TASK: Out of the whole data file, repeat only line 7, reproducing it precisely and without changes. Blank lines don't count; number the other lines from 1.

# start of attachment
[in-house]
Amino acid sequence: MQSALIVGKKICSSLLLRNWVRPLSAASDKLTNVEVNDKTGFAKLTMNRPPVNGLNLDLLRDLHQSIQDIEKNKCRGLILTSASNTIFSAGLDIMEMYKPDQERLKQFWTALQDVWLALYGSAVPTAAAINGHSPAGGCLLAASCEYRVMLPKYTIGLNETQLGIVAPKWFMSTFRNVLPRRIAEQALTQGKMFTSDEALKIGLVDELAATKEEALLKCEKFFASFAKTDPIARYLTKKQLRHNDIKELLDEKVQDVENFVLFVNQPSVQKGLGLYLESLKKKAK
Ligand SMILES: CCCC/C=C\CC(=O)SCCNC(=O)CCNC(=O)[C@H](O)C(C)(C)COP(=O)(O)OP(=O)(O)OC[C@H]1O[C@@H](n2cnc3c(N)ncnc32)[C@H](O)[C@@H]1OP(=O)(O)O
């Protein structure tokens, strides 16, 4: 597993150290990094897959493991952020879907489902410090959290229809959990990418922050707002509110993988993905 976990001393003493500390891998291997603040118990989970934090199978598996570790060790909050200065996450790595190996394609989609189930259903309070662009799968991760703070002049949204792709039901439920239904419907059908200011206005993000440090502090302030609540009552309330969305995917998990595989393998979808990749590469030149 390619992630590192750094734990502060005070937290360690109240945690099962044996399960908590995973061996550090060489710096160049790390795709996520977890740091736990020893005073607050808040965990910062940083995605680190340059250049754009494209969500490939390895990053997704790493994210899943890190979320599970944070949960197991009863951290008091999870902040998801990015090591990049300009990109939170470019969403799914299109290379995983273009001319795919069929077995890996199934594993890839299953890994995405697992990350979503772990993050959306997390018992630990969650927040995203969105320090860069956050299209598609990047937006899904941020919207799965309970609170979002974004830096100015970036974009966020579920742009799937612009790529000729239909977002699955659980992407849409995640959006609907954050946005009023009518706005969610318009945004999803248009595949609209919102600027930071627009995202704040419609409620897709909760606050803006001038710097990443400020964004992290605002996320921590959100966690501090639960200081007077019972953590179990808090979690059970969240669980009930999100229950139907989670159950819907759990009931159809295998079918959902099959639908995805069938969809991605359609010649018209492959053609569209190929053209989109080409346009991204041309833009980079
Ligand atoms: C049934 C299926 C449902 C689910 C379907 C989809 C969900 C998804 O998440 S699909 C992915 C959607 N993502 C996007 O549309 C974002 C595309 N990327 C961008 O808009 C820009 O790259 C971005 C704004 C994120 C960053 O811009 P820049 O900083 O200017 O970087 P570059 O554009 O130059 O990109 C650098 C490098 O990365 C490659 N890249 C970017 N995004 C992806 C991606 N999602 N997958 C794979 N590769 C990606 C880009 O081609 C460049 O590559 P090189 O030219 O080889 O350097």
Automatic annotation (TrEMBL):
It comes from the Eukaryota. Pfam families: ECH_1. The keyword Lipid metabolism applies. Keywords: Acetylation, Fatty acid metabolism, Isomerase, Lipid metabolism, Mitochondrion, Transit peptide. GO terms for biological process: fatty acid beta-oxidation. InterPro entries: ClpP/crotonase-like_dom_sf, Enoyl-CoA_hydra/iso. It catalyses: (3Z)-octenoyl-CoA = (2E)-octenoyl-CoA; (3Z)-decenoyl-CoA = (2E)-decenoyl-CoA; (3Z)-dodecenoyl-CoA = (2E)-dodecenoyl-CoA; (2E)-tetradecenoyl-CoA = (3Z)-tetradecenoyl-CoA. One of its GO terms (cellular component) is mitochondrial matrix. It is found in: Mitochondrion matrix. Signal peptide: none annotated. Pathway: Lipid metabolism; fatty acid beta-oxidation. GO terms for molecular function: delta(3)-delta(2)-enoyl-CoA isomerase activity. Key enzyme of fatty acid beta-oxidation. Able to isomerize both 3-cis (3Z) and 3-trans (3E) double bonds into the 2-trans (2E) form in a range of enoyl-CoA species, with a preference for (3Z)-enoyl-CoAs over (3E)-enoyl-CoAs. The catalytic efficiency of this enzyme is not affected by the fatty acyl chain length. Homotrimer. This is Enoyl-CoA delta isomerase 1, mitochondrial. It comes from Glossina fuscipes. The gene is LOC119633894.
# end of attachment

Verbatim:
It comes from the Eukaryota. Pfam families: ECH_1. The keyword Lipid metabolism applies. Keywords: Acetylation, Fatty acid metabolism, Isomerase, Lipid metabolism, Mitochondrion, Transit peptide. GO terms for biological process: fatty acid beta-oxidation. InterPro entries: ClpP/crotonase-like_dom_sf, Enoyl-CoA_hydra/iso. It catalyses: (3Z)-octenoyl-CoA = (2E)-octenoyl-CoA; (3Z)-decenoyl-CoA = (2E)-decenoyl-CoA; (3Z)-dodecenoyl-CoA = (2E)-dodecenoyl-CoA; (2E)-tetradecenoyl-CoA = (3Z)-tetradecenoyl-CoA. One of its GO terms (cellular component) is mitochondrial matrix. It is found in: Mitochondrion matrix. Signal peptide: none annotated. Pathway: Lipid metabolism; fatty acid beta-oxidation. GO terms for molecular function: delta(3)-delta(2)-enoyl-CoA isomerase activity. Key enzyme of fatty acid beta-oxidation. Able to isomerize both 3-cis (3Z) and 3-trans (3E) double bonds into the 2-trans (2E) form in a range of enoyl-CoA species, with a preference for (3Z)-enoyl-CoAs over (3E)-enoyl-CoAs. The catalytic efficiency of this enzyme is not affected by the fatty acyl chain length. Homotrimer. This is Enoyl-CoA delta isomerase 1, mitochondrial. It comes from Glossina fuscipes. The gene is LOC119633894.